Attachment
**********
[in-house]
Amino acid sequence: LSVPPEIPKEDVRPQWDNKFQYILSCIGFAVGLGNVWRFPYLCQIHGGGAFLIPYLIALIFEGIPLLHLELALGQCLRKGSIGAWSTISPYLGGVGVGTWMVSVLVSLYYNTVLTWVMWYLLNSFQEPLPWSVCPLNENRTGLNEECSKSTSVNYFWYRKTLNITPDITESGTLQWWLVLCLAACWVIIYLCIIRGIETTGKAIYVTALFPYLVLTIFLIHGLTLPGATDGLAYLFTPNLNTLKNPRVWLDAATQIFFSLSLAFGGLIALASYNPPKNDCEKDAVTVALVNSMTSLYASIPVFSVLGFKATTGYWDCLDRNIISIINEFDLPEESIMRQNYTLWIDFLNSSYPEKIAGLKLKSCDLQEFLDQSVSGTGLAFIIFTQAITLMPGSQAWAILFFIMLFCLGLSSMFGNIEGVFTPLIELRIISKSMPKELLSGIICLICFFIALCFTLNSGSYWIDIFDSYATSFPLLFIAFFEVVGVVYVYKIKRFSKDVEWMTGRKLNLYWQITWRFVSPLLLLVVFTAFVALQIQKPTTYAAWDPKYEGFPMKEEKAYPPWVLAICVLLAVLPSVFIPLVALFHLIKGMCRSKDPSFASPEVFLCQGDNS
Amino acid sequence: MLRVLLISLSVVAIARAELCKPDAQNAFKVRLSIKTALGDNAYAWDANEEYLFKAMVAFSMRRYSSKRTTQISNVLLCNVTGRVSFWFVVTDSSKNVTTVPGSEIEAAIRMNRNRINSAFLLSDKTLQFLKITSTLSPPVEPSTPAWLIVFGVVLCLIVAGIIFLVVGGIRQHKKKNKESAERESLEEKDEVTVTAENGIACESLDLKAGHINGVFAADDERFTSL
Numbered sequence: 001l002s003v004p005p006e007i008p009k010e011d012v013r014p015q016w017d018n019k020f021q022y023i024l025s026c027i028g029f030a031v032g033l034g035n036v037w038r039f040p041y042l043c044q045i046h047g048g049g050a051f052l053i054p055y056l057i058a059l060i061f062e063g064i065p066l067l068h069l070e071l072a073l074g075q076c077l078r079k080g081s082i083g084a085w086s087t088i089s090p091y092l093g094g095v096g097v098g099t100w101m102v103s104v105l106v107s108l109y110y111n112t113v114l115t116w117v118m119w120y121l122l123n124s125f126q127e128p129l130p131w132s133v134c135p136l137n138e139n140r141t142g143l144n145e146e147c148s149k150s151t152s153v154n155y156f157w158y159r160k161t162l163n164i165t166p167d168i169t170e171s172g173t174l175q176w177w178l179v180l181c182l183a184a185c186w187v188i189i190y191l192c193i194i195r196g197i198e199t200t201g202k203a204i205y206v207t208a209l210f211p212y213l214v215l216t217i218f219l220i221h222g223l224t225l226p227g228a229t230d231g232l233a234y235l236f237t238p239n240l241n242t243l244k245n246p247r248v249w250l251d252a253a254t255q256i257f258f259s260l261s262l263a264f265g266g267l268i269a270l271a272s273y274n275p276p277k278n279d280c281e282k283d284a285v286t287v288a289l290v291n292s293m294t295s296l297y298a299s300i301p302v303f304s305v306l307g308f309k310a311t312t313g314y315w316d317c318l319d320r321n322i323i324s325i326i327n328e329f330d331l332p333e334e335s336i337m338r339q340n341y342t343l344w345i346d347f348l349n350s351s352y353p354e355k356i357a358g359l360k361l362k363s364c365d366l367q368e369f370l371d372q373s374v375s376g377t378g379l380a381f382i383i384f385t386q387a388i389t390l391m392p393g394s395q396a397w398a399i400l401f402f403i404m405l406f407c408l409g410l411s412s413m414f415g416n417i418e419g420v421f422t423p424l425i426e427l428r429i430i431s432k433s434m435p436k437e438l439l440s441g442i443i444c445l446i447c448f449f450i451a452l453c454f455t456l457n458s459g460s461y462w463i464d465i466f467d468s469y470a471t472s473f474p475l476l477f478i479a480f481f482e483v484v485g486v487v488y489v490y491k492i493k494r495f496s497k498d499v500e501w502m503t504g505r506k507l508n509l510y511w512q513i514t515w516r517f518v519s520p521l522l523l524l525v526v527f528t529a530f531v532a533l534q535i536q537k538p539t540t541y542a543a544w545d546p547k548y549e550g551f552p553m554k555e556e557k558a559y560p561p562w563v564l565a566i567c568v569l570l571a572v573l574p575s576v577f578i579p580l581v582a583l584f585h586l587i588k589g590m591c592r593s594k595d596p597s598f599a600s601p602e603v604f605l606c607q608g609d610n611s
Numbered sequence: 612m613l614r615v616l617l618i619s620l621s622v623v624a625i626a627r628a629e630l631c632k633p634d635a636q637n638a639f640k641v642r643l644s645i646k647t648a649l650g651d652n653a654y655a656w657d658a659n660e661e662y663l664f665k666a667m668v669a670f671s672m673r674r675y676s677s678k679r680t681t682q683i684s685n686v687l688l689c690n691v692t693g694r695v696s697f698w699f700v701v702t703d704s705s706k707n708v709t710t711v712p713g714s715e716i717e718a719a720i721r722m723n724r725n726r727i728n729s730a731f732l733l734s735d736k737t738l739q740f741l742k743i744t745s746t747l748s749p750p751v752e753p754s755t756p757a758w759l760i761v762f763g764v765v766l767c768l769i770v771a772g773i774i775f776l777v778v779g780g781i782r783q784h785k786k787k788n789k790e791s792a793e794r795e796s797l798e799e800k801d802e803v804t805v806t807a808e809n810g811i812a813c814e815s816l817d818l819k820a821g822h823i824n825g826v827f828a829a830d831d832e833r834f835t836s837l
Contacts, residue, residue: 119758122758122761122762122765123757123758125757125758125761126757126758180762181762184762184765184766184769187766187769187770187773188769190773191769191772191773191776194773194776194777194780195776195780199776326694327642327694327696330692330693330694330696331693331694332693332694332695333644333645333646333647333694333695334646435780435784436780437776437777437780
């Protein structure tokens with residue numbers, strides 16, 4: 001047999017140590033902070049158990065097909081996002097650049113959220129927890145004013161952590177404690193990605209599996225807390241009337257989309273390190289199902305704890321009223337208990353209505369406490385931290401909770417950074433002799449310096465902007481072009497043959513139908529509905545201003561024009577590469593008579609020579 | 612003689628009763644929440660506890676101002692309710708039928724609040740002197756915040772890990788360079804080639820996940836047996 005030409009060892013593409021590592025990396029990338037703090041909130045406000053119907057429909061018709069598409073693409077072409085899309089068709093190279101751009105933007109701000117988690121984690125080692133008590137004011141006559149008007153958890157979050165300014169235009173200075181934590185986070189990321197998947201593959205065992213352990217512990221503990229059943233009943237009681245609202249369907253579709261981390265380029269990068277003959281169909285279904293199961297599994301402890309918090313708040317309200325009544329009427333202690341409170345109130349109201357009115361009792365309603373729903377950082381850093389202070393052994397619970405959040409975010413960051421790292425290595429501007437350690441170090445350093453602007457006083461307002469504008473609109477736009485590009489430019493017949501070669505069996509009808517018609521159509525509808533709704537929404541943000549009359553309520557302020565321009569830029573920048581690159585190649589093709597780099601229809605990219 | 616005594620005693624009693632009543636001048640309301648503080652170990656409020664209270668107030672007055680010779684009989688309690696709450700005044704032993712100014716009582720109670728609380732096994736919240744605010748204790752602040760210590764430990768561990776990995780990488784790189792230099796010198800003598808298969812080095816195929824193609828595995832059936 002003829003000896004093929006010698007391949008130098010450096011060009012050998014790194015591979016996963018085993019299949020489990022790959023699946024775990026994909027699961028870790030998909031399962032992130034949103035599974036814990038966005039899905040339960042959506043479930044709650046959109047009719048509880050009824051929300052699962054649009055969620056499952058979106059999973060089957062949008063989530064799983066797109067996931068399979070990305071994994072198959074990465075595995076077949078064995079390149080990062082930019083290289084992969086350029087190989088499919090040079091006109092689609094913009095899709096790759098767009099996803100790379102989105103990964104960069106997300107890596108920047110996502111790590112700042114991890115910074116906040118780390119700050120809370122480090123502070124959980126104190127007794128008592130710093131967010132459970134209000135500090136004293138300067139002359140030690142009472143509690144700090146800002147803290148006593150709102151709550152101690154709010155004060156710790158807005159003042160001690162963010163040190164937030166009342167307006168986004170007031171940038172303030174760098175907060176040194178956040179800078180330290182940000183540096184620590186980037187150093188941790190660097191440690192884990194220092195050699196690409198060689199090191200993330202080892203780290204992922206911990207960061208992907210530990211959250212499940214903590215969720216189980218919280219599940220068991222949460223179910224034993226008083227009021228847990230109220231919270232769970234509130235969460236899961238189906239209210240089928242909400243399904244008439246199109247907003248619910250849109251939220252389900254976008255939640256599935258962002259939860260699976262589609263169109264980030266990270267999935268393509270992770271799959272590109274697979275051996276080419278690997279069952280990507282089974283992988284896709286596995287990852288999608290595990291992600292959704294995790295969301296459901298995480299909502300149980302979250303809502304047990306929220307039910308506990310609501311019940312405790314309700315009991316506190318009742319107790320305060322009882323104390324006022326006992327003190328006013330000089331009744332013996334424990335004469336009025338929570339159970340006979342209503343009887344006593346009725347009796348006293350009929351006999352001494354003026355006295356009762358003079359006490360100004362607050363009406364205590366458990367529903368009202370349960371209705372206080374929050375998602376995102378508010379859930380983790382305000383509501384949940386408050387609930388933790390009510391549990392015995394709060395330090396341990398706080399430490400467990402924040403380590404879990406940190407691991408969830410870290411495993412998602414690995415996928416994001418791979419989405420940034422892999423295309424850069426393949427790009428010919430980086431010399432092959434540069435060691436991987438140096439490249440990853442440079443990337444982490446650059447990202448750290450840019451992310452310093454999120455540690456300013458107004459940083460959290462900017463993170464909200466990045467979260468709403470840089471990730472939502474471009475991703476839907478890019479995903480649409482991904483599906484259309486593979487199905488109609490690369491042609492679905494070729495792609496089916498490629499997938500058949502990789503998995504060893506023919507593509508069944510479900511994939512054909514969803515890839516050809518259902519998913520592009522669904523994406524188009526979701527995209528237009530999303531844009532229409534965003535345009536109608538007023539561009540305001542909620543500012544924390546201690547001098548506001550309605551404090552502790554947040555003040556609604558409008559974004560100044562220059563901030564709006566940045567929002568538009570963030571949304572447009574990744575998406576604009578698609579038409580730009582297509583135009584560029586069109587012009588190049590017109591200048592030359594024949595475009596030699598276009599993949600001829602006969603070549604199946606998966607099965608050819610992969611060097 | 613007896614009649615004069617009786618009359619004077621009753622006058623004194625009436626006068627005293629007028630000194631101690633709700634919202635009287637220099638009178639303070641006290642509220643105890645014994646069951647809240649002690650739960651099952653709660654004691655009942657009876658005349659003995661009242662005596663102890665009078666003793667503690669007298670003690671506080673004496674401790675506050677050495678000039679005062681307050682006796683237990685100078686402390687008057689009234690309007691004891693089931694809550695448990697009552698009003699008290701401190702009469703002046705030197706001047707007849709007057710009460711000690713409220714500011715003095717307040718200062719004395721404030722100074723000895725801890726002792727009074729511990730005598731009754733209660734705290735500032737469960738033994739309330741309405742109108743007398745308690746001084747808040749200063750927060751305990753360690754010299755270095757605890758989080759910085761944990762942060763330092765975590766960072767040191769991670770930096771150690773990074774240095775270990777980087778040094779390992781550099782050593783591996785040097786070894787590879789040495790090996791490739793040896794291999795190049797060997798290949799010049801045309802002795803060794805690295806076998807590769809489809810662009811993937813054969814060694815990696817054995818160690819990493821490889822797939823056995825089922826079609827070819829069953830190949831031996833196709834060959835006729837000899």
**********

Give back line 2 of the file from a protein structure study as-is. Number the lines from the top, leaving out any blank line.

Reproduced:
Amino acid sequence: LSVPPEIPKEDVRPQWDNKFQYILSCIGFAVGLGNVWRFPYLCQIHGGGAFLIPYLIALIFEGIPLLHLELALGQCLRKGSIGAWSTISPYLGGVGVGTWMVSVLVSLYYNTVLTWVMWYLLNSFQEPLPWSVCPLNENRTGLNEECSKSTSVNYFWYRKTLNITPDITESGTLQWWLVLCLAACWVIIYLCIIRGIETTGKAIYVTALFPYLVLTIFLIHGLTLPGATDGLAYLFTPNLNTLKNPRVWLDAATQIFFSLSLAFGGLIALASYNPPKNDCEKDAVTVALVNSMTSLYASIPVFSVLGFKATTGYWDCLDRNIISIINEFDLPEESIMRQNYTLWIDFLNSSYPEKIAGLKLKSCDLQEFLDQSVSGTGLAFIIFTQAITLMPGSQAWAILFFIMLFCLGLSSMFGNIEGVFTPLIELRIISKSMPKELLSGIICLICFFIALCFTLNSGSYWIDIFDSYATSFPLLFIAFFEVVGVVYVYKIKRFSKDVEWMTGRKLNLYWQITWRFVSPLLLLVVFTAFVALQIQKPTTYAAWDPKYEGFPMKEEKAYPPWVLAICVLLAVLPSVFIPLVALFHLIKGMCRSKDPSFASPEVFLCQGDNS